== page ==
Today it is clear as well that the euro in its present form cannot survive without bankrupting all the economies of Europe. Yet the Europe Union's political class still persists in its vain and costly attempts to save the common European currency -- simply because giving up on the euro would mean admitting they were wrong from the start. What's more, the EU ideology that Europe is to develop into a genuine federal state does not allow its leaders to admit that Europe is a cluster of distinctly different nation states with different interests, cultures, languages and traditions.

    The people of Europe were cheated from the start. They outspokenly did not want their nations to be submerged into a "United States of Europe." That is why, when the euro was instituted, the political class promised that no country would ever have to foot the bill of another country. However, in 2009, when Greece needed its first bailout to avoid bankruptcy, Europe's leaders at once violated the EU rules which forbid the member states to bail out other members. If the EU had played by its own book – as it should have done – Greece would have gone bankrupt and left the euro two years ago.

    Sticking to the rules, however, was out of the question: neither France nor Germany was prepared to drop Greece. France sees itself as the leader and patron of the bloc of southern EU countries; Germany fears that if it insisted on pushing a country out of the eurozone it would be accused of immoral selfishness and all the goodwill it had acquired since the Second World War would be lost. As the two major EU countries were prepared to bail out Greece, the smaller member states all went along, assuming that only one bailout (and just for Greece) would be needed.

    Meanwhile, the EU has been forced to bail out Ireland and Portugal, as well, and Greece for a second time, while Greece is now clamoring for a third bailout and Spain also needs to be bailed out.

    The EU's fatal decision to bail out Greece in early 2010 indicates that in an ideologically driven political environment such as the EU, it is easier for the political class to break the formal rules and ignore objective facts than to depart from the unwritten ideological imperative.

    Today, despite the worsened situation, it seems to be ever more difficult for the EU's political class to change course. Doing so would imply that all the money spent on bailouts so far is lost :tsk: – squandered on the fatal conceit of an ideological dream which is slowly turning out to be a nightmare.

    One day soon, however, Europe will have to face reality. Either the EU is turned into a fiscal and political union, a genuine superstate where national debts are shared. Or the euro and possibly the EU disintegrate. :meeting: The former option is what the political class wants, but what the European people loathe. Hence, the growing rift between the people and their political leaders everywhere in Europe, but especially in Germany which is acting as the paymaster for the whole EU. This course is the more dangerous as it will lead to enormous political resentment in Germany. Eighty years ago, we saw what that can lead to.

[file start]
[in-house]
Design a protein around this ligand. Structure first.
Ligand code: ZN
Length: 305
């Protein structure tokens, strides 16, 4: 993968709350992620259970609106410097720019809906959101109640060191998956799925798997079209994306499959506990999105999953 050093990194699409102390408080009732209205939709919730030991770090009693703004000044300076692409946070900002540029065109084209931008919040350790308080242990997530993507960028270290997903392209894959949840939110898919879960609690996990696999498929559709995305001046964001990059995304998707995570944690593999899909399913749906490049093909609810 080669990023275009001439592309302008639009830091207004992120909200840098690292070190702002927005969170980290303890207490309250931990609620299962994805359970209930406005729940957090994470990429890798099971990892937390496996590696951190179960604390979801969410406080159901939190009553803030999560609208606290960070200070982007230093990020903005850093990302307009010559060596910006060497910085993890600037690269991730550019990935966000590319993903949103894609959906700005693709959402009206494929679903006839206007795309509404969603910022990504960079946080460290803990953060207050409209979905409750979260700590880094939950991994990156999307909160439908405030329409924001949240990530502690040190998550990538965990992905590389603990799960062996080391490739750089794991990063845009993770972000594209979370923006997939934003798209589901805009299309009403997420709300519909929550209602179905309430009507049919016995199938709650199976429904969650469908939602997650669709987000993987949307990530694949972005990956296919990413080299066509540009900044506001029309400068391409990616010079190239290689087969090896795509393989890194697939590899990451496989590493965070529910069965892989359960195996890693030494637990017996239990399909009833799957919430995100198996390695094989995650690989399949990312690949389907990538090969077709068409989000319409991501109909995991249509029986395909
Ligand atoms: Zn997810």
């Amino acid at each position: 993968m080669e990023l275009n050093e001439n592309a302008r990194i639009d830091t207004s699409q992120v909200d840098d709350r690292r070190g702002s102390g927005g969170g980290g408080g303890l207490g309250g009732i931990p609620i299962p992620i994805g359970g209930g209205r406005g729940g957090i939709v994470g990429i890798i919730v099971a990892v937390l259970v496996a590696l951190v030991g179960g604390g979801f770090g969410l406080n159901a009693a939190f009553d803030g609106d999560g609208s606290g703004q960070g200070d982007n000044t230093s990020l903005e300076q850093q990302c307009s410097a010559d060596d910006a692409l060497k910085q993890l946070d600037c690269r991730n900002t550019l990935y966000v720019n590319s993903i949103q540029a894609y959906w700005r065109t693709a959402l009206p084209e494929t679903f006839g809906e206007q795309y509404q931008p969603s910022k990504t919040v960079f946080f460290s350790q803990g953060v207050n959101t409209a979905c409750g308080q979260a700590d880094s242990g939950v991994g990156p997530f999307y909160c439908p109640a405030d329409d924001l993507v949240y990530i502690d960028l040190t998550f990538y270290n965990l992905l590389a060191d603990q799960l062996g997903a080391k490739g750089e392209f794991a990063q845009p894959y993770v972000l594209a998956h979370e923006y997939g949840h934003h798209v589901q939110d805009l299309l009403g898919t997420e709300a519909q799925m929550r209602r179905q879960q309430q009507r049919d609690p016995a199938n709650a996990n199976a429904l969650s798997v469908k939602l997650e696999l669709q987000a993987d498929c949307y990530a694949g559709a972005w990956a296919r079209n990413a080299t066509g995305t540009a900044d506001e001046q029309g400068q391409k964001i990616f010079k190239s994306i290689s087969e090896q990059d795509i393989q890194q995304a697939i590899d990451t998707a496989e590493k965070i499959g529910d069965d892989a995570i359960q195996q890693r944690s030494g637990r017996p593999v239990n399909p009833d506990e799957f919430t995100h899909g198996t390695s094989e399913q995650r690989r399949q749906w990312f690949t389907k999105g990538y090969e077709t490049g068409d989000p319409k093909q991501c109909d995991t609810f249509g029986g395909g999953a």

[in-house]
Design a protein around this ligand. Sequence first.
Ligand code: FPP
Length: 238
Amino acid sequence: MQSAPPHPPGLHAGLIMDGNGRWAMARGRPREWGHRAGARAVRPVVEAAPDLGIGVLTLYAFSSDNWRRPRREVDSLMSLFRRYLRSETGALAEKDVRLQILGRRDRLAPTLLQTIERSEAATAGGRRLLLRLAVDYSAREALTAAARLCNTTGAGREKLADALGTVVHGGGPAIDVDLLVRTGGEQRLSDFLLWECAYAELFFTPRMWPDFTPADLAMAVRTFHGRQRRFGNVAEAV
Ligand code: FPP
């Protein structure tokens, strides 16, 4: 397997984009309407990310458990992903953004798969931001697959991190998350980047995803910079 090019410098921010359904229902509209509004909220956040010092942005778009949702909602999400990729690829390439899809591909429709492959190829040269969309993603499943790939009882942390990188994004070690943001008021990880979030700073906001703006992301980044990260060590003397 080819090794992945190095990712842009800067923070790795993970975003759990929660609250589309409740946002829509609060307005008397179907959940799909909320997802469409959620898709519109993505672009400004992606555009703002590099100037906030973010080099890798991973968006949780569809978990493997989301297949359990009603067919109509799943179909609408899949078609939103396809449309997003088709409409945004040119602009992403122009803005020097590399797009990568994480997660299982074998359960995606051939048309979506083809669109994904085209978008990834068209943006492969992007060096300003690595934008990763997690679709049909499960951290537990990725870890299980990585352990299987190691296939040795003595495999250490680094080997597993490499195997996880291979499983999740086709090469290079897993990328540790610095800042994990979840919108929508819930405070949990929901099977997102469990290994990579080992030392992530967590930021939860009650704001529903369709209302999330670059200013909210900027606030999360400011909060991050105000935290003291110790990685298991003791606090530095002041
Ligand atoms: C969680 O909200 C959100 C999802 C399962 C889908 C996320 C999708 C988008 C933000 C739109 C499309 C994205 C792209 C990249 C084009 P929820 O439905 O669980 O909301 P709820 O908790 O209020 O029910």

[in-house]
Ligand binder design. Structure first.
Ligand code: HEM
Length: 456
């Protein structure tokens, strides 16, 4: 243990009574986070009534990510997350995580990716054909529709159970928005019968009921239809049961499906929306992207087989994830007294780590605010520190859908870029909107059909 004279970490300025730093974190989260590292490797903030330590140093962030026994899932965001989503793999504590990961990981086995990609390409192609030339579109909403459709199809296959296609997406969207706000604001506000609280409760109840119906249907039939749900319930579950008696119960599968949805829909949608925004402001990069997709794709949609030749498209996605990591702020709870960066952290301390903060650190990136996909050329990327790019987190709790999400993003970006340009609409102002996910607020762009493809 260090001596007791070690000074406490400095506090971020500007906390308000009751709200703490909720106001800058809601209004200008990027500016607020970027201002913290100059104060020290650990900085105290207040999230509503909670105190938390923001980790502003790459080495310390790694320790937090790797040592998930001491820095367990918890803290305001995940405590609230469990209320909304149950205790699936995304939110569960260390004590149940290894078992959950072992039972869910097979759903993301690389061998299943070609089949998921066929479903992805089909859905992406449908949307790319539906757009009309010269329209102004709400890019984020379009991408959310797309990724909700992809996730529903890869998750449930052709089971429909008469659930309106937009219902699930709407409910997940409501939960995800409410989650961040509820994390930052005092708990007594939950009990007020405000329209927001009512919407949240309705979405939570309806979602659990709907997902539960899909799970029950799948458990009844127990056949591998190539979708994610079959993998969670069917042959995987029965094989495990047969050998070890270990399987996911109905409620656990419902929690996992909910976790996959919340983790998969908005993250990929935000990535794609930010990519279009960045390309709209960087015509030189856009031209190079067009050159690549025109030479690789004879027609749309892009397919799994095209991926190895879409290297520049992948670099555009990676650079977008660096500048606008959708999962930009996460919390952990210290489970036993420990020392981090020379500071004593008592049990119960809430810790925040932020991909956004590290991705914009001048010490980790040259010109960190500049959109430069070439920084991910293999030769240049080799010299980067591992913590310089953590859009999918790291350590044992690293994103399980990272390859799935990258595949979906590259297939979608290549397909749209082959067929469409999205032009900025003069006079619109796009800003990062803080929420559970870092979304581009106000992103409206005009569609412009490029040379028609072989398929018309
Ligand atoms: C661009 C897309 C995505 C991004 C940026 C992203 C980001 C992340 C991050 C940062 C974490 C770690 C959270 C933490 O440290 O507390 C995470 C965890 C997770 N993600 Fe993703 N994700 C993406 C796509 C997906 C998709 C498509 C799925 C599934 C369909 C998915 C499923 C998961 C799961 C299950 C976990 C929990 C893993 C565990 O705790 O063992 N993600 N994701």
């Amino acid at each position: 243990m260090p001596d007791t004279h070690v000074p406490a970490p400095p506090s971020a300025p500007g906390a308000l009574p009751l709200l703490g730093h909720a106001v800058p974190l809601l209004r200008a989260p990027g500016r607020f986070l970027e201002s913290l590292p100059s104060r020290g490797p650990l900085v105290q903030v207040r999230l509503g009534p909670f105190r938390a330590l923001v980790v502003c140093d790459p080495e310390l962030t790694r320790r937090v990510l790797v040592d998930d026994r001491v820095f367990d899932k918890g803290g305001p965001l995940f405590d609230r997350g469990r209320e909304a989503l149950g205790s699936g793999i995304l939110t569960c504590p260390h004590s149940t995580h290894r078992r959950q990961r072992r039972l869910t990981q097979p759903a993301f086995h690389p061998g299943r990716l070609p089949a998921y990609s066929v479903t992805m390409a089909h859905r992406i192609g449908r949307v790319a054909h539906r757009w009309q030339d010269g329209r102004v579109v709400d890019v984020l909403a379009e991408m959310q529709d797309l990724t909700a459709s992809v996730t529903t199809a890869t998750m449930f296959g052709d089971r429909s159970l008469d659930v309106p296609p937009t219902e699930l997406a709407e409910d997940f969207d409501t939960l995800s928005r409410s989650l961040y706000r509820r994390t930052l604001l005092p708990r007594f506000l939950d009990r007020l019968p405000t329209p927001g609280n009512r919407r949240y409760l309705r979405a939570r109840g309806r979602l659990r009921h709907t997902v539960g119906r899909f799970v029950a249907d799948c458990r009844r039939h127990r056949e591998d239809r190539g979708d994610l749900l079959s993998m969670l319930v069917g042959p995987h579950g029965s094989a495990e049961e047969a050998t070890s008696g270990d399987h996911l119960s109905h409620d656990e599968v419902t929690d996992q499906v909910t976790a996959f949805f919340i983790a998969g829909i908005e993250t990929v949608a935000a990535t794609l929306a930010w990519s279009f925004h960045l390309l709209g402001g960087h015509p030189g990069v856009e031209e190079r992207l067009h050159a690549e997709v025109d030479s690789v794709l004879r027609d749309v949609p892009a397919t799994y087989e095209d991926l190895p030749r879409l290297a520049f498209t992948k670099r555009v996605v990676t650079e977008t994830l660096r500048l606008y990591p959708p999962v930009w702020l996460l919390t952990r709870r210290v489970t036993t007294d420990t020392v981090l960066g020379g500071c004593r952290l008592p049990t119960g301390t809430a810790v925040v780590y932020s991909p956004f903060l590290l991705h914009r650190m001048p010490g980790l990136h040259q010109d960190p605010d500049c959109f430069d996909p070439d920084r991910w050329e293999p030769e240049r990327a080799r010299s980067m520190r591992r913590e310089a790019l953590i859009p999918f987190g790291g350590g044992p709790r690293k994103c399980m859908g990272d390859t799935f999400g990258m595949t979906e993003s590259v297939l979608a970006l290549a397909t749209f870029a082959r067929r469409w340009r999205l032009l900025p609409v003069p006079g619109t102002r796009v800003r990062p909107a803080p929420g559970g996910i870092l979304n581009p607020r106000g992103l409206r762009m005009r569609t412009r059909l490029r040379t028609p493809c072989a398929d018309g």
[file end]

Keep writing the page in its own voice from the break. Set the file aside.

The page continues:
The alternative is a disintegration of the eurozone. Here there are several scenarios. Greece may be forced to leave the euro, followed by Portugal, Ireland, Cyprus and Spain. According to last week's Economist, this will be a costly process. A Greek exit (Grexit) might cost €323 billion; an exit of Greece plus the four above mentioned countries might cost a staggering €1,155 billion.

    A more likely scenario is for Germany to leave. A recent poll indicated that 51 percent of Germans think it is time to resurrect the Deutschmark. British journalist and economist Anatole Kaletsky thinks that a German exit from the euro could be relatively easy. According to Kaletsky, German departure would be less disruptive than Grexit for three reasons.

    First, a Greek exit would lead to a domino effect with capital fleeing the next weakest country in the eurozone. There would be no domino effect if Germany leaves. Second, the eurozone would become more coherent without Germany and the remaining countries could use quantitative easing to bring down interest rates, issue jointly guaranteed Eurobonds and form a genuine fiscal union, with a public deficit of 5.3 percent of GDP and a gross debt of 90.4 percent of GDP – all comparing favorably to the deficit and debt levels in Britain, the U.S. and Japan. Third, a break-up caused by Germany withdrawing would be far less chaotic from a legal standpoint than a break-down in which the euro disintegrates as weak countries are pushed out. The euro without Germany would remain a legal currency, governed by the same treaties as before. Obviously, there would be costs for German companies, German banks and the Bundesbank, but these would all constitute local difficulties for Germany.

    The benefits of a German exit (Gexit) are clear for Germany as well. It would incur costs, but these are one-time costs, while remaining in the euro entails Germany's paying indefinitely for debts made by others. Better a miserable end than endless misery. :wave:

    A German exit would also be better for the American economy than the current situation, in which pressure is increasing on a country such as Spain. An economic collapse of Spain would inflict a severe blow to the U.S. stock exchanges. Rather than exerting pressure on German Chancellor Angela Merkel to accept a European fiscal union, which would mean political suicide for her, the United States might try to persuade her to leave the eurozone.